- Alan Ward
Spread the Word first published Sweet Memory in their 2018 City of Stories anthology. The story was highly commended.
Pine needles and wood smoke, that’s what Eliza can smell when she thinks of grandfather slipping his knife into the nest. The bees were gone, but now when she thinks back there’s a buzzing drone in the background of the memory, as if it’s stained.
Other memories with that sound: the lawn outside the one-storey school block that day her father didn’t show; the bike track outside town the summer she and Niall broke up; the front yard when her mother’s washer broke and they all decamped to watch suds licking the steps of the bungalow. “No insurance,” her mother said before Eliza even asked.
“Honey,” her grandfather told Eliza, “has over four-hundred medicinal qualities.” He jabbed his penknife in her direction and a gold wave swelled on the blunt edge. She licked it, her mouth blooming with the sweet unprocessed labour of honey bees. Its taste had a hint of pine, like the smell of the forest.
“Don’t know what it’s doing down here,” grandfather had said when they came across the nest just off the track. A lightning bolt slither of it clung to the trunk above them. “Hoodlums knocking about, I guess, or else a bear.” Eliza gripped the straps of the backpack on her shoulders at that. She had neat new walking boots for the trip, and her socks were pulled up above her ankles, though one kept falling down. “Bees gone. Not like they can stitch it back to the tree.”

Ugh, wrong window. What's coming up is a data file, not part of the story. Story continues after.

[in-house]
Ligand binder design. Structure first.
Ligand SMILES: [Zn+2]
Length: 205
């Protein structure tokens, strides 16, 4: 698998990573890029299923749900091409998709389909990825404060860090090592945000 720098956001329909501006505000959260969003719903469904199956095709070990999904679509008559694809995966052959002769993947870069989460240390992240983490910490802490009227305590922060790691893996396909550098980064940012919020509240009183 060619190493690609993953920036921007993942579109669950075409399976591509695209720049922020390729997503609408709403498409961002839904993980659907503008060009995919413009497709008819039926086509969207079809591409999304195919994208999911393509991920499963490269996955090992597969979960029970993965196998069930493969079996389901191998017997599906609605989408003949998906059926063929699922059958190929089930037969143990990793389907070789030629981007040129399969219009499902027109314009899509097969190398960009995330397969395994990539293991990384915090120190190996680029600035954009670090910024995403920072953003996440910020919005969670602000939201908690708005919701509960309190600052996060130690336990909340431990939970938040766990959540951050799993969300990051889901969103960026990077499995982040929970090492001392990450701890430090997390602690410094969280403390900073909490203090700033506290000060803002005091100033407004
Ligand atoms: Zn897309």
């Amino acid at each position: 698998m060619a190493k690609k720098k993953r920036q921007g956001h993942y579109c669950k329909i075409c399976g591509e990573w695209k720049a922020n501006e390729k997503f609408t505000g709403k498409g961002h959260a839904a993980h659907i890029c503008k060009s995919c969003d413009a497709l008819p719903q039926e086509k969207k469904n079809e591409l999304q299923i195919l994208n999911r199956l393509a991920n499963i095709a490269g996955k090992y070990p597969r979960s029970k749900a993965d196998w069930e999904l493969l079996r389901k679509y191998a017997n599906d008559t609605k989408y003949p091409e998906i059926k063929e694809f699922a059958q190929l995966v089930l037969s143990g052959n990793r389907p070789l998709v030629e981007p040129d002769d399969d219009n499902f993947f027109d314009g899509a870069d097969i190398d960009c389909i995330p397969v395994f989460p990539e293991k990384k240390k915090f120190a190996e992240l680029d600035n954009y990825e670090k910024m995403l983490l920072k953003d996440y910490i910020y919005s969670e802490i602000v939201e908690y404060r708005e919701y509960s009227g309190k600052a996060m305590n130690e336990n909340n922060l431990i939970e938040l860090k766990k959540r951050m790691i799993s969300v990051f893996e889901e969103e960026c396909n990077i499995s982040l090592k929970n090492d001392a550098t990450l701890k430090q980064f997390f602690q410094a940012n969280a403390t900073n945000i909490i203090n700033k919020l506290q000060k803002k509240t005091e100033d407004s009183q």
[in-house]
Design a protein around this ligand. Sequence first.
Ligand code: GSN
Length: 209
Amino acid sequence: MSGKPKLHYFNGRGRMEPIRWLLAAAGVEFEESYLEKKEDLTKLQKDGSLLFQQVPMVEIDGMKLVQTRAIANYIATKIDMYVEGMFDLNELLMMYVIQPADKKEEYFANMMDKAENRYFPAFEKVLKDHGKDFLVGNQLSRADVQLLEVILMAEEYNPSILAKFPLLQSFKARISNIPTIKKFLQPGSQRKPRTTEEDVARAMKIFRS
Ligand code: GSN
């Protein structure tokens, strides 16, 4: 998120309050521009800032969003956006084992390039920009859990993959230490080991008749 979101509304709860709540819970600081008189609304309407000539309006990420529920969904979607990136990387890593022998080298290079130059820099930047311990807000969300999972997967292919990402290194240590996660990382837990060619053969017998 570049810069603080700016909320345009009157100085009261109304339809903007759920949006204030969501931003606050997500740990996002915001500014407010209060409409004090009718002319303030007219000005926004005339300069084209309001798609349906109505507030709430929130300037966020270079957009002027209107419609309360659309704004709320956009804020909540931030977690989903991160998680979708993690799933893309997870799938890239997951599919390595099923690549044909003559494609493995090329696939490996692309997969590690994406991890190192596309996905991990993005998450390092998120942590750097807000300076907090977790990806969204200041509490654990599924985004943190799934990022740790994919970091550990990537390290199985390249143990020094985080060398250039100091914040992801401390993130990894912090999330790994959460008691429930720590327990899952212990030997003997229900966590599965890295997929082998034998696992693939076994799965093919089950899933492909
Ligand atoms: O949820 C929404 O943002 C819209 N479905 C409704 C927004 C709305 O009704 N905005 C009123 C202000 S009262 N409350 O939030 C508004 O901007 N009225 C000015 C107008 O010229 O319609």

At the time she might have said the half-shattered nest was like a crashed spaceship. Later, when she looks back, in the same way she can hear the bees she’s pretty sure weren’t there, she can see a papery skull, smashed-in and half smiling, dripping honeyed saliva from broken teeth.
The bees are going now, she reads in the newspaper years later, her belly swollen with her own first step towards grandchildren. And that’s a problem: without pollinators the plants are in a pickle, and without plants animals, and, without plants or animals, people.
“People’ll do alright in the end,” her grandfather had told her. She wants to remember it was the same hike as the fallen nest but she knows that’s probably her memory neatening things up. Like she’s not sure that was the walk with the new boots or when her right sock kept falling down. Her grandfather always had faith in people. Like he hadn’t been knocked about like she had, like he’d never had his heart broken, like all he’d ever see when he looked down at that nest was a broken nest, not a cracked-in skull that might have been asking for it. Eliza breathes. It’s the baby, she thinks, playing with her hormones. She’s cut up about grandfather’s last days. Could he see the skull if he looked down from where he is now?
From the backyard Eliza can hear that buzz again. The bees, some of them, back.